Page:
In part, it needs the brokers, because of their connections with insurance companies. The relationship can be mutually beneficial, since Bayzat funnels customers to brokers. “It [Bayzat] will point you in the right direction, as in what insurers might be suitable for you,” says Janek Zawadzki, business development manager of employee benefits at insurance consultant Al Futtaim Willis.
Venture capitalists are bullish on the concept. In August, Bayzat closed a $3 million series A round from returning investor Beco Capital, and Precinct Partners in Dubai. Last year, Beco led a $1 million investment.
“There’s a whole gap in the customer service part of the [health insurance] industry,” says Amir Farha, managing partner at Beco Capital.
When Farha moved to the U.A.E. in 2008, he also struggled to find financial products that fit his needs. He even toyed with the idea of launching a comparison platform, and went as far as registering a domain name. He coincidentally called it Bayzaat, which is rooted in the Hindu word for money. “Before even knowing Talal, which is funny,” says Farha.
Bayaa and Habibi, both 29-year-old Palestinian-Americans, grew up in the U.A.E. They attended university in the U.S., with Bayaa studying bioengineering at the University of California, Los Angeles, and Habibi majoring in business administration and management at St. Mary’s College of California. When they returned to the U.A.E. in 2008, Bayaa became a financial analyst, and Habibi took a marketing job with a food distributor in the Gulf.
Launching their startup, they miscalculated how much effort it would take to run a company. “We thought this was going to be easy, that we were going to make a quick buck,” says Habibi. “Little did we know back then.”
They kept their day job, and contracted with a developer to set up and maintain their website. That turned out to be a mistake.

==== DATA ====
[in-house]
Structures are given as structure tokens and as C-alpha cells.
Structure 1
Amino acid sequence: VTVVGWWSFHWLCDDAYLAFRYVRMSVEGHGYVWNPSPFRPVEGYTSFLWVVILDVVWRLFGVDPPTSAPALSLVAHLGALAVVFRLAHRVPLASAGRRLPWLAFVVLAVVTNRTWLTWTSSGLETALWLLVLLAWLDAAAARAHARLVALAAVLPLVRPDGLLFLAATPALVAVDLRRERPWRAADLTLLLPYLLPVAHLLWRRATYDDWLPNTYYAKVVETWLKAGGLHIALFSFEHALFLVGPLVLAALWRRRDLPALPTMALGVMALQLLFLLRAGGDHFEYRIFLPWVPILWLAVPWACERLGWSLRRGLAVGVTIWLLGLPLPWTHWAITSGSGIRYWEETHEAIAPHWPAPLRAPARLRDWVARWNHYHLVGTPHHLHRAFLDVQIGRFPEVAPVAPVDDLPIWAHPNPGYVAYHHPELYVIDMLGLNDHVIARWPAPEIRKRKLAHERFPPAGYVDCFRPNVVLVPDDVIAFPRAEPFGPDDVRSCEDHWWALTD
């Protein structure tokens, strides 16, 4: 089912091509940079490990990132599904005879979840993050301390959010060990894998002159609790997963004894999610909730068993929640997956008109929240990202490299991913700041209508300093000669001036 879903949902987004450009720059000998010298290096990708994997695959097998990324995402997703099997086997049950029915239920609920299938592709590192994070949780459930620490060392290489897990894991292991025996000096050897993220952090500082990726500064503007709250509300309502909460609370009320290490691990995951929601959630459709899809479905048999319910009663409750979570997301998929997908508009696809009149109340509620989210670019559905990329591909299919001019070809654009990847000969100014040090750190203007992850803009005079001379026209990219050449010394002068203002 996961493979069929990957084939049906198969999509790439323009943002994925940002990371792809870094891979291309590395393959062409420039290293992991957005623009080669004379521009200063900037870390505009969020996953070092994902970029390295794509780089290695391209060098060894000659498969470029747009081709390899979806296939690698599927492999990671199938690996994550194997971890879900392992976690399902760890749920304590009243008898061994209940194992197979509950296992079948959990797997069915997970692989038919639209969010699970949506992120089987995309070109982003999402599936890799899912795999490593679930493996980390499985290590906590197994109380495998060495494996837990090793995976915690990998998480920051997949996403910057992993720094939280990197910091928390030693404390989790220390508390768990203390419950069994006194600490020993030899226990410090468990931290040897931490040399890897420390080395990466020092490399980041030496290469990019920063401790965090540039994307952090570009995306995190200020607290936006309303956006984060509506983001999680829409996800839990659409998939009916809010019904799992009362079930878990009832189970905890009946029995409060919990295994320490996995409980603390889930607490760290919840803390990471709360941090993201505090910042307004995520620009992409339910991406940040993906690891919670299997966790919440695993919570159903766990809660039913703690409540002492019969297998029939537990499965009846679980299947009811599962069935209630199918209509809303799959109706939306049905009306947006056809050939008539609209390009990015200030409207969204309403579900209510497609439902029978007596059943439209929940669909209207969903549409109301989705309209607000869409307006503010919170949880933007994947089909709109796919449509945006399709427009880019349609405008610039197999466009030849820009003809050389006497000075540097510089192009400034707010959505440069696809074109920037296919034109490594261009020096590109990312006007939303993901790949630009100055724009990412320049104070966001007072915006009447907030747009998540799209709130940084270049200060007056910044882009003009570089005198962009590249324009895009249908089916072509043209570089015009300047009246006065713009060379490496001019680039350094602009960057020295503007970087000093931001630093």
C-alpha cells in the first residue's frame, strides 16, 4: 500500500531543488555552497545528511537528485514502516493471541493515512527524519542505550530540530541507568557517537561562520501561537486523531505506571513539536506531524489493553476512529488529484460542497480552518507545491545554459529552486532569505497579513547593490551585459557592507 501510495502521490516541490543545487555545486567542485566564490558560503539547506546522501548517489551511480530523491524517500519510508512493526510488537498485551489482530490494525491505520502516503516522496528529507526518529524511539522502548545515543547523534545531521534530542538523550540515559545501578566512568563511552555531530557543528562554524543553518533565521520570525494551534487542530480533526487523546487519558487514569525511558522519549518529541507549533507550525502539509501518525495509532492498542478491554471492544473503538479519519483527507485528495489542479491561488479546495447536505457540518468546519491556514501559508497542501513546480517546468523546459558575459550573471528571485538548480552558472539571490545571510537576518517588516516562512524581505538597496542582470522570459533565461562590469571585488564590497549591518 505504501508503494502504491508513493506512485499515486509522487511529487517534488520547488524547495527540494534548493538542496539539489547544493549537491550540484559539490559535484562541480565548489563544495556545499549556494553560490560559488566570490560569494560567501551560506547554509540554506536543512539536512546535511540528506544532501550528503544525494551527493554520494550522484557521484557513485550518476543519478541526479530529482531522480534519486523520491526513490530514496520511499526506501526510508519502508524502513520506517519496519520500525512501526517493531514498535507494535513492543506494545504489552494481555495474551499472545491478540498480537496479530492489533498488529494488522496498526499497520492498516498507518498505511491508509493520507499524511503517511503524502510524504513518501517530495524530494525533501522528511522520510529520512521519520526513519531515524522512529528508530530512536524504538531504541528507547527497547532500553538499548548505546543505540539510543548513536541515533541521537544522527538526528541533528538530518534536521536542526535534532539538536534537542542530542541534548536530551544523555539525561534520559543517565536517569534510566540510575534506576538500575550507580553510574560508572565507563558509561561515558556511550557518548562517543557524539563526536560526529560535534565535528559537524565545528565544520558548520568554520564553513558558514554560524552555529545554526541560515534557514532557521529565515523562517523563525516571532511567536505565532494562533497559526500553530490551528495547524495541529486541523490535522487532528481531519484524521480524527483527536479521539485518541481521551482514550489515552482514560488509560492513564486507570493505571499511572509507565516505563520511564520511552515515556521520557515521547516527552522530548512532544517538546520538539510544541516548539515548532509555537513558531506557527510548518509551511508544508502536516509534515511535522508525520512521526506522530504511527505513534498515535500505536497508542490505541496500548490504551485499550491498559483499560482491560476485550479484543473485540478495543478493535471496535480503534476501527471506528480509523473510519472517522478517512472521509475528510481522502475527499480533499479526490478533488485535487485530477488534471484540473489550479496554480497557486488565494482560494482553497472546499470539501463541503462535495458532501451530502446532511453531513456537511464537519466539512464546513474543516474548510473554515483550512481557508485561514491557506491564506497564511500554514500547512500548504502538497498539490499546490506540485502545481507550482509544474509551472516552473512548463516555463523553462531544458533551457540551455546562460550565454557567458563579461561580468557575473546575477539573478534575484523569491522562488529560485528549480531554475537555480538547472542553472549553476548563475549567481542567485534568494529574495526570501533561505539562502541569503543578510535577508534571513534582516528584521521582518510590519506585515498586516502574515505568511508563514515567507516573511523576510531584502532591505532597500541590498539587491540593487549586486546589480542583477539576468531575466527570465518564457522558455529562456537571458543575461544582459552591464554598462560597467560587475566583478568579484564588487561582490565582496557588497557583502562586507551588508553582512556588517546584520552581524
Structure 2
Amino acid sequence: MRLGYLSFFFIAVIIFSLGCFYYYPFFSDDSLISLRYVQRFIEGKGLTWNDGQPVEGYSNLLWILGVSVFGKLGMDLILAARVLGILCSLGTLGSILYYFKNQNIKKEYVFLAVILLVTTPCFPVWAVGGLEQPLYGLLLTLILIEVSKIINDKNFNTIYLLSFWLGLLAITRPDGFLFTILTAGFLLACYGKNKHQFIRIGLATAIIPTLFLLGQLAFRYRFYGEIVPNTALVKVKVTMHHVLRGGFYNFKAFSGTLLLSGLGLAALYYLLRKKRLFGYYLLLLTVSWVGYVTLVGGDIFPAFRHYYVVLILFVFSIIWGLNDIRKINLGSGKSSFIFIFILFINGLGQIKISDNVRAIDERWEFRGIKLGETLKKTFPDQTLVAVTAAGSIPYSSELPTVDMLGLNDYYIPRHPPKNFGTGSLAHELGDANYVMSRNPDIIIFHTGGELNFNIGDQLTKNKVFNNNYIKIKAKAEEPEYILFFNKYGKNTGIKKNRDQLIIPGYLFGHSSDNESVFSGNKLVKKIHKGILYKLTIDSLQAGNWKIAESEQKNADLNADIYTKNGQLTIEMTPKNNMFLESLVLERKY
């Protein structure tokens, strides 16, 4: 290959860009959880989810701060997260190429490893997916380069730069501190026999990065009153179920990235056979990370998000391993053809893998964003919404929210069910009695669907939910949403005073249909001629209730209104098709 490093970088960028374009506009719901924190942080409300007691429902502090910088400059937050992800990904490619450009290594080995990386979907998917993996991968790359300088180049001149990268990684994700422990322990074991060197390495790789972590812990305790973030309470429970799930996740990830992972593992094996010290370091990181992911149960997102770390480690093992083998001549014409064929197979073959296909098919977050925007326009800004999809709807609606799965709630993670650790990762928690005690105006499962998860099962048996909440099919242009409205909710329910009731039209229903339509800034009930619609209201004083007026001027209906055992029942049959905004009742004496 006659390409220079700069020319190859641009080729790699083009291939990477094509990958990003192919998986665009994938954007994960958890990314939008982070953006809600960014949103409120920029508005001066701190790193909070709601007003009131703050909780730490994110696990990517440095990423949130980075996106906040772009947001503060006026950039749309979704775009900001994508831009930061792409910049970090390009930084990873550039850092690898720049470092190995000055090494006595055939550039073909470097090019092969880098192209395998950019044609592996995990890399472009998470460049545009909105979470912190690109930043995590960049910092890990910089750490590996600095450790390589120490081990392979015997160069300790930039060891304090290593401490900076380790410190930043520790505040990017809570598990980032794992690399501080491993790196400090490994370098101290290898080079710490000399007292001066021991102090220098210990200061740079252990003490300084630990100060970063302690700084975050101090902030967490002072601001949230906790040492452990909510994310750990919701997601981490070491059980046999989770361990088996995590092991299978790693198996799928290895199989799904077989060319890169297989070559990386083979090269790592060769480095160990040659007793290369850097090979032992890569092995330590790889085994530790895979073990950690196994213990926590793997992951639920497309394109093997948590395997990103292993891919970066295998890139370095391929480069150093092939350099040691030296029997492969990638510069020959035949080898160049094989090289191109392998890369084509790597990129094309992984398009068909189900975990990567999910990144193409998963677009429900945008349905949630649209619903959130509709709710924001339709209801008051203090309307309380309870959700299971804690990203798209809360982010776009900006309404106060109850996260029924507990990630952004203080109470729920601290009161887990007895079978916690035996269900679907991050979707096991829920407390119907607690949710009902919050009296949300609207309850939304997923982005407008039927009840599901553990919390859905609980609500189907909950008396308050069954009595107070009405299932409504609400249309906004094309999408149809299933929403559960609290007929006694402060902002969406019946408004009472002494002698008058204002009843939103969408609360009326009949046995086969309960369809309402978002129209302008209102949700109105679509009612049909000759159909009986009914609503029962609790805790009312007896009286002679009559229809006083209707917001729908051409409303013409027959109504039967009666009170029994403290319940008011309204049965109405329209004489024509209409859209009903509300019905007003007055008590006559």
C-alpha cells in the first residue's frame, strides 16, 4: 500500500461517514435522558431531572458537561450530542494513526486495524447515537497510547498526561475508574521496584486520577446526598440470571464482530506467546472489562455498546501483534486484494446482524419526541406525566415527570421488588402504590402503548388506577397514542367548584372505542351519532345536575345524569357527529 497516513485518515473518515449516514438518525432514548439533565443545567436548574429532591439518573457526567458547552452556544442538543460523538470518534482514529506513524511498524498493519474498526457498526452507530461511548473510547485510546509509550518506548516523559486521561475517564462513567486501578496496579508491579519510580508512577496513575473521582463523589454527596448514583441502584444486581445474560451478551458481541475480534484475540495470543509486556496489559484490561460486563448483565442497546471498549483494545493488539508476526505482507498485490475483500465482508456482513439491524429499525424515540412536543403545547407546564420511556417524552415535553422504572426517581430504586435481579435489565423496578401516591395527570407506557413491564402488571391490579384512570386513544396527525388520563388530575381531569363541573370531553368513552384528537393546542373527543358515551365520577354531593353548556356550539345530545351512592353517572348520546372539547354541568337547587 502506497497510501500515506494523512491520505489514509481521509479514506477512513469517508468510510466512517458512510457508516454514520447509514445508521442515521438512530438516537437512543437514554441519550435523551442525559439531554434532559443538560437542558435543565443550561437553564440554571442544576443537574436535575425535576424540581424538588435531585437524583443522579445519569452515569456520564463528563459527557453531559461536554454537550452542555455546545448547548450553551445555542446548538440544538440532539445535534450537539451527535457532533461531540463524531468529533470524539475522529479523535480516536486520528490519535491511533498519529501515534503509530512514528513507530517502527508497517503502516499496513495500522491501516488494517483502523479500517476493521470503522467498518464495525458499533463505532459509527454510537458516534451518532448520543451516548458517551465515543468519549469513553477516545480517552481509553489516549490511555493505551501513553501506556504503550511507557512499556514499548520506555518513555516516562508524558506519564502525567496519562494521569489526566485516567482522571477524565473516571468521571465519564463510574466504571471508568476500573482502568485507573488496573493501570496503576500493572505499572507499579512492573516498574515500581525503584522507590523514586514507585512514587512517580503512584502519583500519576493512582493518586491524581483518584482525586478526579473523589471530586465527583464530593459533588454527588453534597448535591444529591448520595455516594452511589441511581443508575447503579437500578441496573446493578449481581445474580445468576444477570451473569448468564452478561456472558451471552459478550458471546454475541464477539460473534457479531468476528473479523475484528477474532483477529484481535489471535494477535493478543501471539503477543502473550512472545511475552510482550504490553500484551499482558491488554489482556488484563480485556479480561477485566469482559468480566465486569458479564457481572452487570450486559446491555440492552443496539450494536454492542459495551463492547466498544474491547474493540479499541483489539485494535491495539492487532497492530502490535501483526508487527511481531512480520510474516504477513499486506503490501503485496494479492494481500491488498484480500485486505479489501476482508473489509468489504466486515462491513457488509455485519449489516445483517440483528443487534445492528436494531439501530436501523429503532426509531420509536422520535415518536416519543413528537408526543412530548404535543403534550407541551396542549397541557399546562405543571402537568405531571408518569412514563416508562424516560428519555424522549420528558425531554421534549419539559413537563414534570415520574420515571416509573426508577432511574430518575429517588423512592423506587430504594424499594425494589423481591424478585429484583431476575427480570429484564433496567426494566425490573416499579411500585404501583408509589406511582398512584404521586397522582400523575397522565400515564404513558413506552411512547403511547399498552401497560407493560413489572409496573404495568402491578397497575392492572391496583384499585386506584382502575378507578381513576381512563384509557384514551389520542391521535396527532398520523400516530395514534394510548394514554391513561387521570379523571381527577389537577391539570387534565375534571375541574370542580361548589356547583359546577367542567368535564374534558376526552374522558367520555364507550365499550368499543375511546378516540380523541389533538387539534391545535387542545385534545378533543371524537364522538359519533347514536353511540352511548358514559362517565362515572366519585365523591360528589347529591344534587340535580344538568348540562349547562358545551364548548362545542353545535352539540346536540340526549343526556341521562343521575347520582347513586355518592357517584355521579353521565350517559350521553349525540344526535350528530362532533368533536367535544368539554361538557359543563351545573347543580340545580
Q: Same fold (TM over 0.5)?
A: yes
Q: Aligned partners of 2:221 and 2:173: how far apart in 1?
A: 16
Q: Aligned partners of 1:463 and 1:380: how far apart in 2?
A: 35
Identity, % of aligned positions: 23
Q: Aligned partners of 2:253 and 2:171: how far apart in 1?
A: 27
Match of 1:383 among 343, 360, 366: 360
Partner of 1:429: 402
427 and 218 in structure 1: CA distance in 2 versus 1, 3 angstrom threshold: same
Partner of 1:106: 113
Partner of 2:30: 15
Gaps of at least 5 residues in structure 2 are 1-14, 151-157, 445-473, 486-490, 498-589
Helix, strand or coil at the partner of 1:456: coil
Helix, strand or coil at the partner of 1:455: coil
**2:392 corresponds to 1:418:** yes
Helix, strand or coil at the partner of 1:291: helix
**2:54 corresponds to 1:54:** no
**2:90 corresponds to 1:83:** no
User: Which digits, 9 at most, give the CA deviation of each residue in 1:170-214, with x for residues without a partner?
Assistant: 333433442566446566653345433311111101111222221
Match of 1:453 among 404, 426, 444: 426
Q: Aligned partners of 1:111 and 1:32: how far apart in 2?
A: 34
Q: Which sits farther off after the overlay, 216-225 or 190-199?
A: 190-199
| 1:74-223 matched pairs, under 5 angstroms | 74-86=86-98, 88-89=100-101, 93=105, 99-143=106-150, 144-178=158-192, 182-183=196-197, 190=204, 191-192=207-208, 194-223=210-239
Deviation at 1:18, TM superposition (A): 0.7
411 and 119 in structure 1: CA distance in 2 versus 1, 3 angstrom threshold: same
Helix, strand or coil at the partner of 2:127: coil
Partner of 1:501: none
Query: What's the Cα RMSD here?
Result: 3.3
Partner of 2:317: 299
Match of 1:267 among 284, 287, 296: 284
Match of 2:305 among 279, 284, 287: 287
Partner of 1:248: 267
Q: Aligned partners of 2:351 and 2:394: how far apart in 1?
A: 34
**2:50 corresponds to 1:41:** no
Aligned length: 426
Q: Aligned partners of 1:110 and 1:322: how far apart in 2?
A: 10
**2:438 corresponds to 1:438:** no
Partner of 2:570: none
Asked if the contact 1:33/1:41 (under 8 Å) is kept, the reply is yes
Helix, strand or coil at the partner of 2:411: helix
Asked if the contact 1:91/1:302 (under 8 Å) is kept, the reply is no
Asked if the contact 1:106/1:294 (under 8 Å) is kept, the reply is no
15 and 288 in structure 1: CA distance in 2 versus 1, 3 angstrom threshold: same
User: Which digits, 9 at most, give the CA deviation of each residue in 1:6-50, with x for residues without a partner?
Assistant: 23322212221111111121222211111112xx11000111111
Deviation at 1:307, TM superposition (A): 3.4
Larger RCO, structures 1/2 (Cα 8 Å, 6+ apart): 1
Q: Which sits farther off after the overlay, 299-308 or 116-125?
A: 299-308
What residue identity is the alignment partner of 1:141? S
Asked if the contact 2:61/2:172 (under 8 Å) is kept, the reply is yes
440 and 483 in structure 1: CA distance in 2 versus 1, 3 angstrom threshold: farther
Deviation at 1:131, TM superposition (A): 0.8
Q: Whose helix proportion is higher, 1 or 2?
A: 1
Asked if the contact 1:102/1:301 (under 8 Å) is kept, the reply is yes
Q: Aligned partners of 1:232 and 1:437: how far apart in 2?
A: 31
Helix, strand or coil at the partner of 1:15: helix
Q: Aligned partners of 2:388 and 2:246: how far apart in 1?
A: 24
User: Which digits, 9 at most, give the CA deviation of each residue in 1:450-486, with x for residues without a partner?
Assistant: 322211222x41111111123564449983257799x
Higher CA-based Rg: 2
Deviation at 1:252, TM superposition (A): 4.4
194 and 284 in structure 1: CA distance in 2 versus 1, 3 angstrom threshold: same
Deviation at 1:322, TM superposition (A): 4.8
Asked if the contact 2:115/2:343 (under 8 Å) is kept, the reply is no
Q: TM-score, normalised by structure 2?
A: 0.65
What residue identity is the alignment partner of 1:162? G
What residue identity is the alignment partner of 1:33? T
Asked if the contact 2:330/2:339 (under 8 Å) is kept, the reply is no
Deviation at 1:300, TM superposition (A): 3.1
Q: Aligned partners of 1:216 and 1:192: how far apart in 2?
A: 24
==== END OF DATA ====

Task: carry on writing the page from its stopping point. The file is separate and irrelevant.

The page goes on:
Running a comparison platform, which has features such as real-time pricing from insurers, meant the site was constantly in need of updating. Relying on a third party to maintain it was not the reliable way to go.
Bayaa and Habibi dropped the contractor and hired an in-house IT team. In an interesting twist, the three developers became the startup’s first full-time employees. It was only a few months later that Bayaa quit his job to devote himself to Bayzat. Habibi maintains a part-time role.
Within months of launching in 2013, they were hunting for funding. A year later, they landed $270,000 from angel investors, half from the region and the rest from the U.S.
When they shifted their focus to health insurance, they first assumed that their platform would appeal only to people looking for individual policies or family plans. They were surprised when they got requests for group policies from companies with hundreds of employees, but businesses were starting to comply with Dubai’s new health care law. Bayzat was one of the few ways to find information about policies online.
Instead of combing through a thick packet containing details about their health plan, policyholders can enter on Bayzat keywords, such as “physiotherapy,” which brings up all relevant information. With the funds from their latest round, Bayaa and Habibi are expanding their tech team to refine the technology.
Because policies last 12 months, they expect customers to renew them—potentially creating more stickiness than one-time credit card purchases. “With insurance, there’s annuity behind it; that’s exciting as a business model,” says Farha.
Bayaa and Habibi hope to expand to other markets in the region. For now, navigating Dubai’s insurance regulations should keep them busy.